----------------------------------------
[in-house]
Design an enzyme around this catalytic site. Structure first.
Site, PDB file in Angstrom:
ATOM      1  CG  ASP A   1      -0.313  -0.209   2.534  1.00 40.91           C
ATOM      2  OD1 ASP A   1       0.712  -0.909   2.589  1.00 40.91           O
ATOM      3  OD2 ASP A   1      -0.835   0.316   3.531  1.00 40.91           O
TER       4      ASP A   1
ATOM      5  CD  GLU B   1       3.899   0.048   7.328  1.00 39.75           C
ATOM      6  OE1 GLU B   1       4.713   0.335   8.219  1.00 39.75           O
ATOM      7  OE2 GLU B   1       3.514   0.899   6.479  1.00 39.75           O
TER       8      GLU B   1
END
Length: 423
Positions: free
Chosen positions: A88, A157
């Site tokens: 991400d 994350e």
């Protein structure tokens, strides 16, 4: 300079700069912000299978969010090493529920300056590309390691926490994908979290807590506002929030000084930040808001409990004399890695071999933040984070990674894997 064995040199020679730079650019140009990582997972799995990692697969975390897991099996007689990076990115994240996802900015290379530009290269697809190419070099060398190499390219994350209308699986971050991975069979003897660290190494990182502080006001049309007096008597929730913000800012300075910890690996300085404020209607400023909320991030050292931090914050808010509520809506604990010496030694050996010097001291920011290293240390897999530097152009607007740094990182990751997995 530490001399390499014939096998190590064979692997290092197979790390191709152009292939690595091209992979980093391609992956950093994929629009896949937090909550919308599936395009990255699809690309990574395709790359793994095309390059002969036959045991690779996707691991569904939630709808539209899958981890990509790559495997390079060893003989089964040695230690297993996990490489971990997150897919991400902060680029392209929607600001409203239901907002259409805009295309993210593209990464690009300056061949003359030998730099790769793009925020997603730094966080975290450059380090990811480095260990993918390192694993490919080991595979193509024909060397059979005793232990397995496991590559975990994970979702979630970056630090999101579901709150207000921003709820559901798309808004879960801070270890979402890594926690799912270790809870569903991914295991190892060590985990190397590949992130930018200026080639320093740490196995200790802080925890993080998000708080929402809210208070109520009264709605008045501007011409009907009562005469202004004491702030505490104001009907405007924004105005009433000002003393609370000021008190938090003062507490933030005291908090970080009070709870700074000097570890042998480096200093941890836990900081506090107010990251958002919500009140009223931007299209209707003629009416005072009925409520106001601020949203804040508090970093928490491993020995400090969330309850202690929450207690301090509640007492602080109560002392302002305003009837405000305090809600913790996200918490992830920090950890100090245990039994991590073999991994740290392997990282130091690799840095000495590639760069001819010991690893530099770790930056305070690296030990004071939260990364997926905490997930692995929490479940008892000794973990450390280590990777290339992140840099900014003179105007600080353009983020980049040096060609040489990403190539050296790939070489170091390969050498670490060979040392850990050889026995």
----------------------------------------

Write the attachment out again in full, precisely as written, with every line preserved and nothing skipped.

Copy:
[in-house]
Design an enzyme around this catalytic site. Structure first.
Site, PDB file in Angstrom:
ATOM      1  CG  ASP A   1      -0.313  -0.209   2.534  1.00 40.91           C
ATOM      2  OD1 ASP A   1       0.712  -0.909   2.589  1.00 40.91           O
ATOM      3  OD2 ASP A   1      -0.835   0.316   3.531  1.00 40.91           O
TER       4      ASP A   1
ATOM      5  CD  GLU B   1       3.899   0.048   7.328  1.00 39.75           C
ATOM      6  OE1 GLU B   1       4.713   0.335   8.219  1.00 39.75           O
ATOM      7  OE2 GLU B   1       3.514   0.899   6.479  1.00 39.75           O
TER       8      GLU B   1
END
Length: 423
Positions: free
Chosen positions: A88, A157
């Site tokens: 991400d 994350e």
């Protein structure tokens, strides 16, 4: 300079700069912000299978969010090493529920300056590309390691926490994908979290807590506002929030000084930040808001409990004399890695071999933040984070990674894997 064995040199020679730079650019140009990582997972799995990692697969975390897991099996007689990076990115994240996802900015290379530009290269697809190419070099060398190499390219994350209308699986971050991975069979003897660290190494990182502080006001049309007096008597929730913000800012300075910890690996300085404020209607400023909320991030050292931090914050808010509520809506604990010496030694050996010097001291920011290293240390897999530097152009607007740094990182990751997995 530490001399390499014939096998190590064979692997290092197979790390191709152009292939690595091209992979980093391609992956950093994929629009896949937090909550919308599936395009990255699809690309990574395709790359793994095309390059002969036959045991690779996707691991569904939630709808539209899958981890990509790559495997390079060893003989089964040695230690297993996990490489971990997150897919991400902060680029392209929607600001409203239901907002259409805009295309993210593209990464690009300056061949003359030998730099790769793009925020997603730094966080975290450059380090990811480095260990993918390192694993490919080991595979193509024909060397059979005793232990397995496991590559975990994970979702979630970056630090999101579901709150207000921003709820559901798309808004879960801070270890979402890594926690799912270790809870569903991914295991190892060590985990190397590949992130930018200026080639320093740490196995200790802080925890993080998000708080929402809210208070109520009264709605008045501007011409009907009562005469202004004491702030505490104001009907405007924004105005009433000002003393609370000021008190938090003062507490933030005291908090970080009070709870700074000097570890042998480096200093941890836990900081506090107010990251958002919500009140009223931007299209209707003629009416005072009925409520106001601020949203804040508090970093928490491993020995400090969330309850202690929450207690301090509640007492602080109560002392302002305003009837405000305090809600913790996200918490992830920090950890100090245990039994991590073999991994740290392997990282130091690799840095000495590639760069001819010991690893530099770790930056305070690296030990004071939260990364997926905490997930692995929490479940008892000794973990450390280590990777290339992140840099900014003179105007600080353009983020980049040096060609040489990403190539050296790939070489170091390969050498670490060979040392850990050889026995």